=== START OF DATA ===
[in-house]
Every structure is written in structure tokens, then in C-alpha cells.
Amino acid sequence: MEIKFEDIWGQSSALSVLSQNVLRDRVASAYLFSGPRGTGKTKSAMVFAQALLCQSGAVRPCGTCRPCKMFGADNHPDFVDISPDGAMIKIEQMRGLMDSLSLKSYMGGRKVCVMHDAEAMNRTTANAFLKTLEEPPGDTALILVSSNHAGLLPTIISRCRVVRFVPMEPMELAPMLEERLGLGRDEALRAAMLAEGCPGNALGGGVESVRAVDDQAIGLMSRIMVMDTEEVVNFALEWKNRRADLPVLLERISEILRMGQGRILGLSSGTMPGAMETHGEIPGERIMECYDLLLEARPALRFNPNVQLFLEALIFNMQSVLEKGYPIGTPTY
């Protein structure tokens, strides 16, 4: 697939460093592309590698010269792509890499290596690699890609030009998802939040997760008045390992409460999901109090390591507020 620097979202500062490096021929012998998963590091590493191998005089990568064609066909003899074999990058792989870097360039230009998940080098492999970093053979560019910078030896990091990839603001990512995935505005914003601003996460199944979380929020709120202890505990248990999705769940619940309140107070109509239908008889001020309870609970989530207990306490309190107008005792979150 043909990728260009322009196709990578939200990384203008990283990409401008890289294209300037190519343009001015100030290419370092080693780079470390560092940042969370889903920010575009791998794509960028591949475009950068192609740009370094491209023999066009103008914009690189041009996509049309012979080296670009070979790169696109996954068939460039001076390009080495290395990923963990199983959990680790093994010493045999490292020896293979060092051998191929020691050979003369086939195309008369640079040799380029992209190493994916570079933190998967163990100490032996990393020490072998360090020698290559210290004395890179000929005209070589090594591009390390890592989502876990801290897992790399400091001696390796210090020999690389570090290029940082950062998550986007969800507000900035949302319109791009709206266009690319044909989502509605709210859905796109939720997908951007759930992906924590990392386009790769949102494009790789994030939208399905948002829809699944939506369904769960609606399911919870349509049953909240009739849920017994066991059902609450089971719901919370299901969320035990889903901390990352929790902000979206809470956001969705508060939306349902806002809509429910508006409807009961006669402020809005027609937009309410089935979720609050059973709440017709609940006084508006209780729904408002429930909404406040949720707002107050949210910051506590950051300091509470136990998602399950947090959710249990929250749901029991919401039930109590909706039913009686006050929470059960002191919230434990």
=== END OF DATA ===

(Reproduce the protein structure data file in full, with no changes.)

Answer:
[in-house]
Every structure is written in structure tokens, then in C-alpha cells.
Amino acid sequence: MEIKFEDIWGQSSALSVLSQNVLRDRVASAYLFSGPRGTGKTKSAMVFAQALLCQSGAVRPCGTCRPCKMFGADNHPDFVDISPDGAMIKIEQMRGLMDSLSLKSYMGGRKVCVMHDAEAMNRTTANAFLKTLEEPPGDTALILVSSNHAGLLPTIISRCRVVRFVPMEPMELAPMLEERLGLGRDEALRAAMLAEGCPGNALGGGVESVRAVDDQAIGLMSRIMVMDTEEVVNFALEWKNRRADLPVLLERISEILRMGQGRILGLSSGTMPGAMETHGEIPGERIMECYDLLLEARPALRFNPNVQLFLEALIFNMQSVLEKGYPIGTPTY
């Protein structure tokens, strides 16, 4: 697939460093592309590698010269792509890499290596690699890609030009998802939040997760008045390992409460999901109090390591507020 620097979202500062490096021929012998998963590091590493191998005089990568064609066909003899074999990058792989870097360039230009998940080098492999970093053979560019910078030896990091990839603001990512995935505005914003601003996460199944979380929020709120202890505990248990999705769940619940309140107070109509239908008889001020309870609970989530207990306490309190107008005792979150 043909990728260009322009196709990578939200990384203008990283990409401008890289294209300037190519343009001015100030290419370092080693780079470390560092940042969370889903920010575009791998794509960028591949475009950068192609740009370094491209023999066009103008914009690189041009996509049309012979080296670009070979790169696109996954068939460039001076390009080495290395990923963990199983959990680790093994010493045999490292020896293979060092051998191929020691050979003369086939195309008369640079040799380029992209190493994916570079933190998967163990100490032996990393020490072998360090020698290559210290004395890179000929005209070589090594591009390390890592989502876990801290897992790399400091001696390796210090020999690389570090290029940082950062998550986007969800507000900035949302319109791009709206266009690319044909989502509605709210859905796109939720997908951007759930992906924590990392386009790769949102494009790789994030939208399905948002829809699944939506369904769960609606399911919870349509049953909240009739849920017994066991059902609450089971719901919370299901969320035990889903901390990352929790902000979206809470956001969705508060939306349902806002809509429910508006409807009961006669402020809005027609937009309410089935979720609050059973709440017709609940006084508006209780729904408002429930909404406040949720707002107050949210910051506590950051300091509470136990998602399950947090959710249990929250749901029991919401039930109590909706039913009686006050929470059960002191919230434990």